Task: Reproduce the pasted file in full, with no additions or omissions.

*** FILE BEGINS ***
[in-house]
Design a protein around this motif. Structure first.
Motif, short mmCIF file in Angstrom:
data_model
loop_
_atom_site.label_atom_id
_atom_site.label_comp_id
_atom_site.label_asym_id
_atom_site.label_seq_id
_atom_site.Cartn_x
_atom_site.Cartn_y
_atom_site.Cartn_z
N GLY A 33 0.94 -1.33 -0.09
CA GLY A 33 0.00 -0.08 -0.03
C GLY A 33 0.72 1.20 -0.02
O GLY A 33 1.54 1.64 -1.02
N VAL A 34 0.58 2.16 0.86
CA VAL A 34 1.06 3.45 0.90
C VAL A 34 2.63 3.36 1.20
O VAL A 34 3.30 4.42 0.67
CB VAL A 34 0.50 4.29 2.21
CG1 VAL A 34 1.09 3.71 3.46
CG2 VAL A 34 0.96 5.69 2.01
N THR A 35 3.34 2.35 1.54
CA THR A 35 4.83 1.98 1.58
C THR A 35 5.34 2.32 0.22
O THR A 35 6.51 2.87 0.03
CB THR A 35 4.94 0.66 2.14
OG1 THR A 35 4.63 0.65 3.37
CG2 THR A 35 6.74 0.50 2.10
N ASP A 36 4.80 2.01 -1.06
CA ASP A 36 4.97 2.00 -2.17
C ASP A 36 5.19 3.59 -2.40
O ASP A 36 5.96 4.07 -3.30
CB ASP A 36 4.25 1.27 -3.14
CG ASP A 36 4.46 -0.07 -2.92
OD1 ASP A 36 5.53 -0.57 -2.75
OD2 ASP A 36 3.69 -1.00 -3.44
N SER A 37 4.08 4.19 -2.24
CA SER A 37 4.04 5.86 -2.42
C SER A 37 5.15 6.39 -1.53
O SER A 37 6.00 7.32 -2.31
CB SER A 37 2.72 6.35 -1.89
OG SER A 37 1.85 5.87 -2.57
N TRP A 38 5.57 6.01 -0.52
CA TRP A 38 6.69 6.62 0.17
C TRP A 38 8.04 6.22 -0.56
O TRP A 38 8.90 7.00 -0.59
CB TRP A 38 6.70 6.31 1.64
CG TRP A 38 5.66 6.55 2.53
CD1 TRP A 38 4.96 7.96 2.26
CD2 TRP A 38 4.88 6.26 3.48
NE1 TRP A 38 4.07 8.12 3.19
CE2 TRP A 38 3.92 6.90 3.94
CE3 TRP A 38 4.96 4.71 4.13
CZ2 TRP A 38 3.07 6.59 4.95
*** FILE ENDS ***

[in-house]
Design a protein around this motif. Structure first.
Motif, short mmCIF file in Angstrom:
data_model
loop_
_atom_site.label_atom_id
_atom_site.label_comp_id
_atom_site.label_asym_id
_atom_site.label_seq_id
_atom_site.Cartn_x
_atom_site.Cartn_y
_atom_site.Cartn_z
N GLY A 33 0.94 -1.33 -0.09
CA GLY A 33 0.00 -0.08 -0.03
C GLY A 33 0.72 1.20 -0.02
O GLY A 33 1.54 1.64 -1.02
N VAL A 34 0.58 2.16 0.86
CA VAL A 34 1.06 3.45 0.90
C VAL A 34 2.63 3.36 1.20
O VAL A 34 3.30 4.42 0.67
CB VAL A 34 0.50 4.29 2.21
CG1 VAL A 34 1.09 3.71 3.46
CG2 VAL A 34 0.96 5.69 2.01
N THR A 35 3.34 2.35 1.54
CA THR A 35 4.83 1.98 1.58
C THR A 35 5.34 2.32 0.22
O THR A 35 6.51 2.87 0.03
CB THR A 35 4.94 0.66 2.14
OG1 THR A 35 4.63 0.65 3.37
CG2 THR A 35 6.74 0.50 2.10
N ASP A 36 4.80 2.01 -1.06
CA ASP A 36 4.97 2.00 -2.17
C ASP A 36 5.19 3.59 -2.40
O ASP A 36 5.96 4.07 -3.30
CB ASP A 36 4.25 1.27 -3.14
CG ASP A 36 4.46 -0.07 -2.92
OD1 ASP A 36 5.53 -0.57 -2.75
OD2 ASP A 36 3.69 -1.00 -3.44
N SER A 37 4.08 4.19 -2.24
CA SER A 37 4.04 5.86 -2.42
C SER A 37 5.15 6.39 -1.53
O SER A 37 6.00 7.32 -2.31
CB SER A 37 2.72 6.35 -1.89
OG SER A 37 1.85 5.87 -2.57
N TRP A 38 5.57 6.01 -0.52
CA TRP A 38 6.69 6.62 0.17
C TRP A 38 8.04 6.22 -0.56
O TRP A 38 8.90 7.00 -0.59
CB TRP A 38 6.70 6.31 1.64
CG TRP A 38 5.66 6.55 2.53
CD1 TRP A 38 4.96 7.96 2.26
CD2 TRP A 38 4.88 6.26 3.48
NE1 TRP A 38 4.07 8.12 3.19
CE2 TRP A 38 3.92 6.90 3.94
CE3 TRP A 38 4.96 4.71 4.13
CZ2 TRP A 38 3.07 6.59 4.95